Topic: Caregivers: Are You Unofficial or Official
The topic today comes from a conversation I had with a dear friend. The goal of caregiving is to help loved ones reach their final goal. For many years, the space she called home was no more. She continued to age gracefully while living alone; however, health challenges created the raw reality that living on her own was no longer safe. She relocated to live with family, and the adjustments and readjustments began.
I recall when my mother came to live with us. As an independent person, her movements and way of life centered on her world. Because we lived miles apart, how she managed her world and the things within were not my physical view. Phone calls over the years do not tell the entire story. I did have some sense of her movements because she raised me. What was most noticeable was her independence.
For many years, her way of life was her capacity to get into her car and go wherever and whenever she wanted. No permission was given or needed to drive to the grocery store or doctor’s appointments. She was living her best life; on her own.
When the decision was made for mother to move in with us, hubby and I became unofficial caregiver observers. We paid attention to mother’s movements without her having actual knowledge of our nosiness. As long as she operated in a safe, noticeable decision-making mode, we let her be. Over time, when health challenges and safety concerns were compounding living alone, we became official caregivers with legitimate obligations and responsibilities in the caregiving space.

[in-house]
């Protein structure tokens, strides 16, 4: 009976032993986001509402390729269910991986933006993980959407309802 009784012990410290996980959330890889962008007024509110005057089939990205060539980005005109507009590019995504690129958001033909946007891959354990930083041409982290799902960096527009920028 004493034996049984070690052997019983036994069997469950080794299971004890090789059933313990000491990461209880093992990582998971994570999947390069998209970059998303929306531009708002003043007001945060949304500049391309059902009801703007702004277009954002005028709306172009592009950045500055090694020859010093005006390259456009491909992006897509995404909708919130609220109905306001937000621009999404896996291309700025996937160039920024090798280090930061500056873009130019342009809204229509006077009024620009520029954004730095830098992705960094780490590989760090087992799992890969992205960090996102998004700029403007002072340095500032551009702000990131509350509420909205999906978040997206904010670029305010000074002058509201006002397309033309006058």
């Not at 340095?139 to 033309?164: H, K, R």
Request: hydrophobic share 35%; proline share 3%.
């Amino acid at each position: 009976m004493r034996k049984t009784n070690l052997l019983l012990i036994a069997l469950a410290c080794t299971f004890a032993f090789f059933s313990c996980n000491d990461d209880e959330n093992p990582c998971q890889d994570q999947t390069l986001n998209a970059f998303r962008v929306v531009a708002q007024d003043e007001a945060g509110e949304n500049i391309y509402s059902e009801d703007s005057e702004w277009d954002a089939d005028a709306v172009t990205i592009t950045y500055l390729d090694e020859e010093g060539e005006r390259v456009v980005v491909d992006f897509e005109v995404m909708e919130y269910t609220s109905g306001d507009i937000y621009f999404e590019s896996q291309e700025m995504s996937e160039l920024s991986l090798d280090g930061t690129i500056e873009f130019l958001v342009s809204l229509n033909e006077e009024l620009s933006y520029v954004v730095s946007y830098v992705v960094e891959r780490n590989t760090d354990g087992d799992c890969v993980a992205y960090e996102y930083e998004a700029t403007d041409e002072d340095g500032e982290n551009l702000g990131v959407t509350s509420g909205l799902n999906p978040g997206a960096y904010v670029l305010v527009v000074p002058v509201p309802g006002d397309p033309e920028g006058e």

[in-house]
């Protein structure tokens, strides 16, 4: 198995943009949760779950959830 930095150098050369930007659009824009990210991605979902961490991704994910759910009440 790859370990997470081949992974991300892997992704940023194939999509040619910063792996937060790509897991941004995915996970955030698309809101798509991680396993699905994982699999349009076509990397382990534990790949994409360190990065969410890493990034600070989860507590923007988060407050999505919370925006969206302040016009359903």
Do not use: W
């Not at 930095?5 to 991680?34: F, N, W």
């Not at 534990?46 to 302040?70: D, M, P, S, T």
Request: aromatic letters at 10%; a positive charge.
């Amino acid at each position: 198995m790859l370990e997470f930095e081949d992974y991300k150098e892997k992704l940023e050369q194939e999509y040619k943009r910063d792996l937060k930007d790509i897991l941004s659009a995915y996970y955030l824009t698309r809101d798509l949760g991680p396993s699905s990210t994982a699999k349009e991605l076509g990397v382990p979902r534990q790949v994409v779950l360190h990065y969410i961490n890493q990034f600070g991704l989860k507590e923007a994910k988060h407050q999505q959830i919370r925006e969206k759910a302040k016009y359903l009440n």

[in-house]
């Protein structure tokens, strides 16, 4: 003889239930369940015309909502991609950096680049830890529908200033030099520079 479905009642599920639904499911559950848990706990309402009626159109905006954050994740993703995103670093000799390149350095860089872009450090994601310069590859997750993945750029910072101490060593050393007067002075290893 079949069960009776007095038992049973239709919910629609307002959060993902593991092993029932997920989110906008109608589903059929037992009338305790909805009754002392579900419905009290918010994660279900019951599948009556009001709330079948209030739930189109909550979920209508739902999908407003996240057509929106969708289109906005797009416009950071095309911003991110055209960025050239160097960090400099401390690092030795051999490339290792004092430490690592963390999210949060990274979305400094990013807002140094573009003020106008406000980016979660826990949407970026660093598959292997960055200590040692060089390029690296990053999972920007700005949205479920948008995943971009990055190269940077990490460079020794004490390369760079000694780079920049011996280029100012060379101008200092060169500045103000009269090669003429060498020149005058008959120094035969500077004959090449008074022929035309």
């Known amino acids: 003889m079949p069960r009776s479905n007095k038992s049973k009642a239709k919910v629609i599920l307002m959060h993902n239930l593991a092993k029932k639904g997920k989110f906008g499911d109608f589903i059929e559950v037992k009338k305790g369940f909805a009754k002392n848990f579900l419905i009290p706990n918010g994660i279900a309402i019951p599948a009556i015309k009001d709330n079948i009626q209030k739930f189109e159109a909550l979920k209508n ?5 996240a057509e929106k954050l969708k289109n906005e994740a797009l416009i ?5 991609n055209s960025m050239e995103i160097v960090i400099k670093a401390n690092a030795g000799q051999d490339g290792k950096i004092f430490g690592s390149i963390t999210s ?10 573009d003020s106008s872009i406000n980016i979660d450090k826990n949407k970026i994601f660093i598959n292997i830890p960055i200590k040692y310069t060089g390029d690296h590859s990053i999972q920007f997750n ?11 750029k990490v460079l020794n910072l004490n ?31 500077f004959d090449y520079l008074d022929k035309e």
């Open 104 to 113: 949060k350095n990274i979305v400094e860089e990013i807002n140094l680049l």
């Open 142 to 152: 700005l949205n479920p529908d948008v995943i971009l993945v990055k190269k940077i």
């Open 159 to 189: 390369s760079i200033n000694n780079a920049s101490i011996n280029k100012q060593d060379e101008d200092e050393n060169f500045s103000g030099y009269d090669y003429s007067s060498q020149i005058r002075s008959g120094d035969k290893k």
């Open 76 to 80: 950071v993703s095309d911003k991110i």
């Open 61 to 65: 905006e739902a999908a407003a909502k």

Family members who take on the role of caregiving need to understand this important point. I have said it many times before, “If they could, they would.” One of the most challenging realities of my caregiving journey occurred when I watched my mother go from independent to dependent. In my first book, “From The Lens of Daughter, Nurse, and Caregiver: A Journey of Duty and Honor,” I talk about the time when mommy said, just throw me away. She was reacting to her awareness of not being independent and the help she needed on a daily basis. While I did it with duty and honor, it did not erase her feelings of helplessness. When our parents have to move in with us, it may have started unofficial, but we become official caregivers over time. There is an understanding that must be gleaned in this essential role. Let me share a few nuggets that must be considered as an unofficial and official caregiver:
1. We must be the eyes and ears of our loved ones. That is why they are with us.
2. We must learn as much as we can about health conditions.
3. Know what is important to maintain chronic conditions and physical ailments.
4. We must monitor nutritional health, especially if chronic health conditions are present.
5. Rearranging your home for walking and rolling aids need to occur.
6. Going, not taking, to medical appointments is vital.
7. Ensure all life-saving medical equipment is serviced(e.i. oxygen, sleep apnea, any monitoring devices.
8. Daily observation check of the person(head to toe).
9. Acknowledge and investigate when our loved ones describe feelings of not feeling well.
As Your Proactive Caregiver Advocate, remember, if they could, they would. I never wanted to be my mother’s mother. It became my reality. If it becomes your reality, please know that our loved ones do not want to burden us. We should do all we can to keep them from feeling like burdens. Be well! Be safe!